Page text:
All of us procrastinate. But some take things to dangerous extremes – putting off the filing of tax returns for a few years, or even many years. According to the IRS, each year some ten million people fail to file their tax returns. Non-filers, as the IRS calls them, are skating on thin ice. They face both criminal and civil consequences. Luckily, these problems can be resolved if addressed, but they can also bring imprisonment and financial ruin if ignored.
The IRS has become increasingly adept at finding and pursuing non-filers. Put simply, it’s not a matter of “if” the IRS will find you, but what will happen to you “when” they do. It is important to recognize that inability to pay the tax is NOT a valid excuse for not filing.
Failure to file your tax return timely has two potential consequences. First, the government can prosecute you for willful failure to file (a misdemeanor carrying a maximum sentence of one year in prison for each tax year) or for tax evasion (a felony carrying a maximum sentence of five years in prison for each tax year). Second, the IRS can make tax assessments on its own using its “substitute for return” procedures.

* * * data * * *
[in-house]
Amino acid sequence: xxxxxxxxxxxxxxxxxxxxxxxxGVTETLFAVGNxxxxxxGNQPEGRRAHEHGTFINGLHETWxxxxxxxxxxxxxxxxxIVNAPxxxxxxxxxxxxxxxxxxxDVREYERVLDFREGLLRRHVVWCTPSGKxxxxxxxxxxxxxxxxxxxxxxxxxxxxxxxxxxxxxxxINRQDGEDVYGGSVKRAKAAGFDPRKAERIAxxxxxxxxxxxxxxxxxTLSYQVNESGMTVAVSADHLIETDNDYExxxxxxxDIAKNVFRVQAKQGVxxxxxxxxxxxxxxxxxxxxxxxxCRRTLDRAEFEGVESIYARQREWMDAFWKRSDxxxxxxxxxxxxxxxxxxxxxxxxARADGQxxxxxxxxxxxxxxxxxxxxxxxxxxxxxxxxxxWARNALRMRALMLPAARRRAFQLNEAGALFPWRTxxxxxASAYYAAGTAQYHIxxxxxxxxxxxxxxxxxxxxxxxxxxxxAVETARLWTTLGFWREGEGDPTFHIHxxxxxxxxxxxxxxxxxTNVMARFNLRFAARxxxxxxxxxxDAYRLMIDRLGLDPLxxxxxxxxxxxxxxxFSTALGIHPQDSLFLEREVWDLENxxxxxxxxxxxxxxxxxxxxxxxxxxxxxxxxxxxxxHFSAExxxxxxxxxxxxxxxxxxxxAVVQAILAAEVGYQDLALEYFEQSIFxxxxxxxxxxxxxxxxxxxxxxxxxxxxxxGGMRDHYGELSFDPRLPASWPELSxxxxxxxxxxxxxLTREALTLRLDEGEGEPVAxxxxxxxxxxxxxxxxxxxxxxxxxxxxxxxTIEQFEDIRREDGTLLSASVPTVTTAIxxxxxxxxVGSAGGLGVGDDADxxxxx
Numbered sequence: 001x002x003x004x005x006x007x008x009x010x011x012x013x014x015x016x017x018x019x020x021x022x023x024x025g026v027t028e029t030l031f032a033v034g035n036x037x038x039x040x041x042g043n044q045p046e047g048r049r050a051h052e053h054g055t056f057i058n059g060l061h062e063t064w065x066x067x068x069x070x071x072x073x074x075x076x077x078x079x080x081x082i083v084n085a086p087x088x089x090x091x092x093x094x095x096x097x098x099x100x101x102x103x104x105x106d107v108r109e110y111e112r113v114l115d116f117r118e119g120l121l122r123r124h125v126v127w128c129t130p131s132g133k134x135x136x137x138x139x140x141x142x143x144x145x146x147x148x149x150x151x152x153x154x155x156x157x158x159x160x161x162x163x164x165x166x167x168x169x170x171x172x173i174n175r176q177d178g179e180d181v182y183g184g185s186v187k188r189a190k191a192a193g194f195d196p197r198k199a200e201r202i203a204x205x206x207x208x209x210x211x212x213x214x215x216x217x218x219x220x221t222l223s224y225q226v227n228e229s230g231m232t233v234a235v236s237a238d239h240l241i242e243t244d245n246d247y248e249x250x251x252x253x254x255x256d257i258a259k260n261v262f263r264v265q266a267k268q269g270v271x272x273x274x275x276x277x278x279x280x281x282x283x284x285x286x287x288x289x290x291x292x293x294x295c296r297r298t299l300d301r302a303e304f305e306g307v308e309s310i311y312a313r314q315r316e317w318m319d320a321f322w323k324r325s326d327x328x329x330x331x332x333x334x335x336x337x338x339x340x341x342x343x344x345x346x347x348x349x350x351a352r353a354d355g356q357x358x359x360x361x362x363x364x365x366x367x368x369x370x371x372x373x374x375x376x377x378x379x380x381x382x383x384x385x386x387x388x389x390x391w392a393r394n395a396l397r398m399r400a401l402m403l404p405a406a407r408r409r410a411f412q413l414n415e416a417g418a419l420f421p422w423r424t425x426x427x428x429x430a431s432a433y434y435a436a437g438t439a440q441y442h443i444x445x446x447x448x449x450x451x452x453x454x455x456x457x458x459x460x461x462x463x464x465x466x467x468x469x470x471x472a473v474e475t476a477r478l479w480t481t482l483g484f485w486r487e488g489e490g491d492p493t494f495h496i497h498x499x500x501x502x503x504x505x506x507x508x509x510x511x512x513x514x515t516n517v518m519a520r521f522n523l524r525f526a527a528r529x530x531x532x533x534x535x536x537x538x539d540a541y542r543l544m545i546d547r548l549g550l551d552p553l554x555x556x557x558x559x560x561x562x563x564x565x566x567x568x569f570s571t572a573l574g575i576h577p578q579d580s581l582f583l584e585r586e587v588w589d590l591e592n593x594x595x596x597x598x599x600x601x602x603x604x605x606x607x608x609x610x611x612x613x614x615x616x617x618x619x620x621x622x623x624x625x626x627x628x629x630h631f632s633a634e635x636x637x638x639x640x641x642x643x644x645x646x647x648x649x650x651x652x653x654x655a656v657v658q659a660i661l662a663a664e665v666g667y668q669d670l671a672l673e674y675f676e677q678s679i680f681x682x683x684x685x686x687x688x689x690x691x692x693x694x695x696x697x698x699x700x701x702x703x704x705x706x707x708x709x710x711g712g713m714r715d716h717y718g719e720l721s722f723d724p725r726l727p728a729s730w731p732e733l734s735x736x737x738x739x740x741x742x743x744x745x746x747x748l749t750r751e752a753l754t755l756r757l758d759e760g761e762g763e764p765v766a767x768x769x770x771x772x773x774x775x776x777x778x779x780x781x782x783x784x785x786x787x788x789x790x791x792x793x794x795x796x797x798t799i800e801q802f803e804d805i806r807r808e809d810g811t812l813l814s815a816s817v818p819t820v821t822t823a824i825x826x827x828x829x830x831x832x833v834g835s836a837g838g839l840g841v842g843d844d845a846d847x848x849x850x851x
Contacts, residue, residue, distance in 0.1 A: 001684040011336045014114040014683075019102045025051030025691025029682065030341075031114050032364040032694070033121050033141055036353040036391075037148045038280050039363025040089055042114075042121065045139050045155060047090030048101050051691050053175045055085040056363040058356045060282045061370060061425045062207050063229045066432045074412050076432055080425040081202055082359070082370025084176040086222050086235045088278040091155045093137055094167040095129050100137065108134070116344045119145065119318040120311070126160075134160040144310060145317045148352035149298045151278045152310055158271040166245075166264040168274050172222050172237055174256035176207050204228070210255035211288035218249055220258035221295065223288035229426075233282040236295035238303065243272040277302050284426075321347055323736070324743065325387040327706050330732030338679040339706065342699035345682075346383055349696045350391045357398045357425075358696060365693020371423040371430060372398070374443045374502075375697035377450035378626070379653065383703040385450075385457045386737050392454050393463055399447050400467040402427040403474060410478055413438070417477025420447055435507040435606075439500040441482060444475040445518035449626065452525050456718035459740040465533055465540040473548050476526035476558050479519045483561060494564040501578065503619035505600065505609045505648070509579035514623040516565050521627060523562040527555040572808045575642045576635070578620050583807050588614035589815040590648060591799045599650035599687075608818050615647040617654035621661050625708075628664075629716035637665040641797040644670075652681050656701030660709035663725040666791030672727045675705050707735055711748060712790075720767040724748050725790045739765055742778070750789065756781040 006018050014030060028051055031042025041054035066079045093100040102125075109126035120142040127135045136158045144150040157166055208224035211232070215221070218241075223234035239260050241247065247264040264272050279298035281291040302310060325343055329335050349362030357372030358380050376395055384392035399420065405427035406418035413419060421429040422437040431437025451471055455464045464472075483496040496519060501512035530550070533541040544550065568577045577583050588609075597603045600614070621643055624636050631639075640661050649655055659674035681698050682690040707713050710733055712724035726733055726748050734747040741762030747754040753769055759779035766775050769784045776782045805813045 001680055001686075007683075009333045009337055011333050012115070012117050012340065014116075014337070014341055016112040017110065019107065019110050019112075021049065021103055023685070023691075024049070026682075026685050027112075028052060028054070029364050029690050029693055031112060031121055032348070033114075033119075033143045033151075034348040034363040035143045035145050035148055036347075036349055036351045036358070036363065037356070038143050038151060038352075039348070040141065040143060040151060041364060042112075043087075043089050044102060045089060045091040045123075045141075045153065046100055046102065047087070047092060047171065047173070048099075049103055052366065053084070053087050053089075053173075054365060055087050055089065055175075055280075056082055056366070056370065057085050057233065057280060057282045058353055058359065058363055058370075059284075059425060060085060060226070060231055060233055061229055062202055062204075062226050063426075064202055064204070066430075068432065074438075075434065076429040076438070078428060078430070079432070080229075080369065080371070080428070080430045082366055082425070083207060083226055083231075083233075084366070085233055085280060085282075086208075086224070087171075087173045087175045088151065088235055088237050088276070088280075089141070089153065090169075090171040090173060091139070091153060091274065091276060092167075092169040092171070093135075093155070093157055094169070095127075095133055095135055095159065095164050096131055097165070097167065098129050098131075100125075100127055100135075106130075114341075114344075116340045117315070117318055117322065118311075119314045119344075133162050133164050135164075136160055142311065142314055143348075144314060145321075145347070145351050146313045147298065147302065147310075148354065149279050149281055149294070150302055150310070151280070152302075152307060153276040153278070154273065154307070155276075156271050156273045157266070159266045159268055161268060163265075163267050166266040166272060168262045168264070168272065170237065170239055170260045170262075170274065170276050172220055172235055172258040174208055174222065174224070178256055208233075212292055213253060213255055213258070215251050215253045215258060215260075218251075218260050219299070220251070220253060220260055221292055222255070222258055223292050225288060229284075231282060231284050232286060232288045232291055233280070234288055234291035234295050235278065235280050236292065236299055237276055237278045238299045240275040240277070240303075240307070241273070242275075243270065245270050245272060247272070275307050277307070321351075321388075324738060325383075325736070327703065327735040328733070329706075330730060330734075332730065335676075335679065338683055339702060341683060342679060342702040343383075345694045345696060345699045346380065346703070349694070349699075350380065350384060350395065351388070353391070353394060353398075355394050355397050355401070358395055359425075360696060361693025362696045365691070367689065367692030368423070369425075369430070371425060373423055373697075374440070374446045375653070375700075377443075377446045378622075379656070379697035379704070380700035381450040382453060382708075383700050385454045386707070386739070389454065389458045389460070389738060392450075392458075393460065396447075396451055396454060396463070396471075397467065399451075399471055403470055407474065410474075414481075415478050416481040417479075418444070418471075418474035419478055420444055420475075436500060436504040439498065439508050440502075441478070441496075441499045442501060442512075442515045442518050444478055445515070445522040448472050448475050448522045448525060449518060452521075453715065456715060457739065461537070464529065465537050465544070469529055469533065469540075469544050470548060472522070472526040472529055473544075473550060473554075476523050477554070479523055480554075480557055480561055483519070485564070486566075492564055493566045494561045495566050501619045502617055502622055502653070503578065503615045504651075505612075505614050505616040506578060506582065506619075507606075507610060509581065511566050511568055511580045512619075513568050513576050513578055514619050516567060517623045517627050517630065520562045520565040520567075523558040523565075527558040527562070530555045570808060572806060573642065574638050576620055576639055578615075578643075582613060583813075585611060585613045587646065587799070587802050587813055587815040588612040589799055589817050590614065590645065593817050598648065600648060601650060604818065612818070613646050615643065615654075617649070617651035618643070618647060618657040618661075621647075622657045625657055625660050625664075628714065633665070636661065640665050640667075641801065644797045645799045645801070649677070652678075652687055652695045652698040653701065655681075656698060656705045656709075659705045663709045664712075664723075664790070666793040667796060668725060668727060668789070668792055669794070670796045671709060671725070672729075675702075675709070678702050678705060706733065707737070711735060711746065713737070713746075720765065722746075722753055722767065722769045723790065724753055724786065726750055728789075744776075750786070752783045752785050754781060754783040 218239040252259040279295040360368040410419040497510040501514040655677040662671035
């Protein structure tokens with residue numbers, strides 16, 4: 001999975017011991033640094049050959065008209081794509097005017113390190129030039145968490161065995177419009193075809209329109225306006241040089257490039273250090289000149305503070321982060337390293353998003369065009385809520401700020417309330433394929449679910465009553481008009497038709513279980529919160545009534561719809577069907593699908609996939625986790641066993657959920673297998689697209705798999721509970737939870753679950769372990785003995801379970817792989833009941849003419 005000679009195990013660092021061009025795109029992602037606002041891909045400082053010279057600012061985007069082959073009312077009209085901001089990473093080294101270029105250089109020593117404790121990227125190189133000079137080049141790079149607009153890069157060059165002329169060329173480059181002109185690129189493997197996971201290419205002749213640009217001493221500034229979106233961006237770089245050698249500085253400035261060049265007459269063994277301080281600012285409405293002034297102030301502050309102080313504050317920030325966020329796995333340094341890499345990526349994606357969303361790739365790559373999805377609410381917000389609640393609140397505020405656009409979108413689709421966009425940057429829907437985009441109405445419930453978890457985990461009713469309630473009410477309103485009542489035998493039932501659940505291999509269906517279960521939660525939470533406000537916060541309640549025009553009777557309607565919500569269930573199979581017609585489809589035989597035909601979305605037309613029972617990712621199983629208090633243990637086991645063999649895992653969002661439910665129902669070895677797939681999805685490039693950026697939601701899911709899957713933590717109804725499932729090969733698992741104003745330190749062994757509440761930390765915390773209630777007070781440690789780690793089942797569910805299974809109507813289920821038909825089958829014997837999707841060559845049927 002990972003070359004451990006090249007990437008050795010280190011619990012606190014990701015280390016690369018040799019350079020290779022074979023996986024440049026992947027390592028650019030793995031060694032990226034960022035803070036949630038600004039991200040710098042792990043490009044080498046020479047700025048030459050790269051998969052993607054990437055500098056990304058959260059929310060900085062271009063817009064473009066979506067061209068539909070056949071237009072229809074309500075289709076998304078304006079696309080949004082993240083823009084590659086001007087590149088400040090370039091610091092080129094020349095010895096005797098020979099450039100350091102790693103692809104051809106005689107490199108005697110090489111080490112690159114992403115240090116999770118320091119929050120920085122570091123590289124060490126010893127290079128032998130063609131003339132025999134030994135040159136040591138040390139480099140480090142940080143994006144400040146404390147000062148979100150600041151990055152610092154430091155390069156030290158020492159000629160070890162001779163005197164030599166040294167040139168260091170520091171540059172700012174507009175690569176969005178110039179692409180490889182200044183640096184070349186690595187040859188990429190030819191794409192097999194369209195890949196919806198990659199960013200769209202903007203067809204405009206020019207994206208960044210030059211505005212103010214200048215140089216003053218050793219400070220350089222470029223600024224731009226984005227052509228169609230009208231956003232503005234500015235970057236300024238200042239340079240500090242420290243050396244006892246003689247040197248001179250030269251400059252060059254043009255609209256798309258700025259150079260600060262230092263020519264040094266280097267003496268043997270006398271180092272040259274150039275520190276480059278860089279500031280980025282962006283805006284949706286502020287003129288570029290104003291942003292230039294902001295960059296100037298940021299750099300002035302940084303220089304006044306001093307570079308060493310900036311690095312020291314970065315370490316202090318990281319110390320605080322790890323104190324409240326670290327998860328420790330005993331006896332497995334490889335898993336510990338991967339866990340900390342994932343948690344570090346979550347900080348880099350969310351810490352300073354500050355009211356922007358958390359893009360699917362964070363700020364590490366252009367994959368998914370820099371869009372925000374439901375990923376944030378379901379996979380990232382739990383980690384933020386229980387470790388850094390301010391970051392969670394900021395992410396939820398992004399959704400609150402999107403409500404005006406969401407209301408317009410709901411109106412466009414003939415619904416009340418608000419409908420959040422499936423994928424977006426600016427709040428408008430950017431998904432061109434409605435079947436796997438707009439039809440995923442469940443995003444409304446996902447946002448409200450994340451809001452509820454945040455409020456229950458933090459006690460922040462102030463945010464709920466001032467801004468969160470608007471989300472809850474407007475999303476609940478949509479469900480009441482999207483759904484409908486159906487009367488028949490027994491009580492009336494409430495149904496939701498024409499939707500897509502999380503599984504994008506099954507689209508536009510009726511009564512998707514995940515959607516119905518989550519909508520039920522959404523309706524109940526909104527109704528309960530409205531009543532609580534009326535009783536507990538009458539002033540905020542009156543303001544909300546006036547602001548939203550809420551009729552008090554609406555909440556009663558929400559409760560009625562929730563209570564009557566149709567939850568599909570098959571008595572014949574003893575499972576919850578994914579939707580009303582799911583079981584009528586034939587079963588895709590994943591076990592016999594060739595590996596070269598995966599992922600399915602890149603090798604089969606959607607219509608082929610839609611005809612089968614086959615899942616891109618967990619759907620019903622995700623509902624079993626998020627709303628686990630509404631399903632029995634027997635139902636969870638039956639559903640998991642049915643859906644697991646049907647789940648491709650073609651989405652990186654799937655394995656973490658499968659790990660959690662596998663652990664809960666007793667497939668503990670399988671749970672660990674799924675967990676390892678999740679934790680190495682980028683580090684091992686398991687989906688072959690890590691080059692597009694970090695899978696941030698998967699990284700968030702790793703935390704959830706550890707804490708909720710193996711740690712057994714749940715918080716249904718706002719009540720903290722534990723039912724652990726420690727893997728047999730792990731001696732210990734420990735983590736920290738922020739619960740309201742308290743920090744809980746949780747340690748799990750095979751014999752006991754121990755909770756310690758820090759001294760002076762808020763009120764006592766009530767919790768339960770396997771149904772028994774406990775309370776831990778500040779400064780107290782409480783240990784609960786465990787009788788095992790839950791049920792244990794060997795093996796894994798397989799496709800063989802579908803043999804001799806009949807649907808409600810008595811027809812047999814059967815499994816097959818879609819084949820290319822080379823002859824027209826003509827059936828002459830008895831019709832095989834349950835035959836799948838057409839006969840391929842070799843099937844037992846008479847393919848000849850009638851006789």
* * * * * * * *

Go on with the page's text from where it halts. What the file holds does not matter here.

With respect to tax prosecution, people are prosecuted for failure to file or for tax evasion not because it is the easiest or cheapest way for the IRS to collect the tax. Instead, people are prosecuted because of the deterrent effect it has on the rest of the taxpaying public. For those poor souls who become ensnared in this process, it can destroy families and careers. Proper representation is an absolute necessity.
With respect to tax assessments, failure to file your tax return timely may lead to the imposition of a penalty that increases each month that the return is late. The late filing penalty is 5% of the amount of the tax that should otherwise have been reported on the return for each month (or fraction of a month) that the return is late. This penalty is capped at 25% of your tax liability. For taxpayers who are more than 60 days late in filing a return, the late filing penalty cannot be less than $100 or the amount required to be shown on the return, whichever is less.
In the event that the taxpayer’s failure to file is attributable to fraud, the penalty rate increases from 5% to 15% per month, up to a maximum of 75%.
What does all of this mean? Don’t wait any longer! Call a us today!
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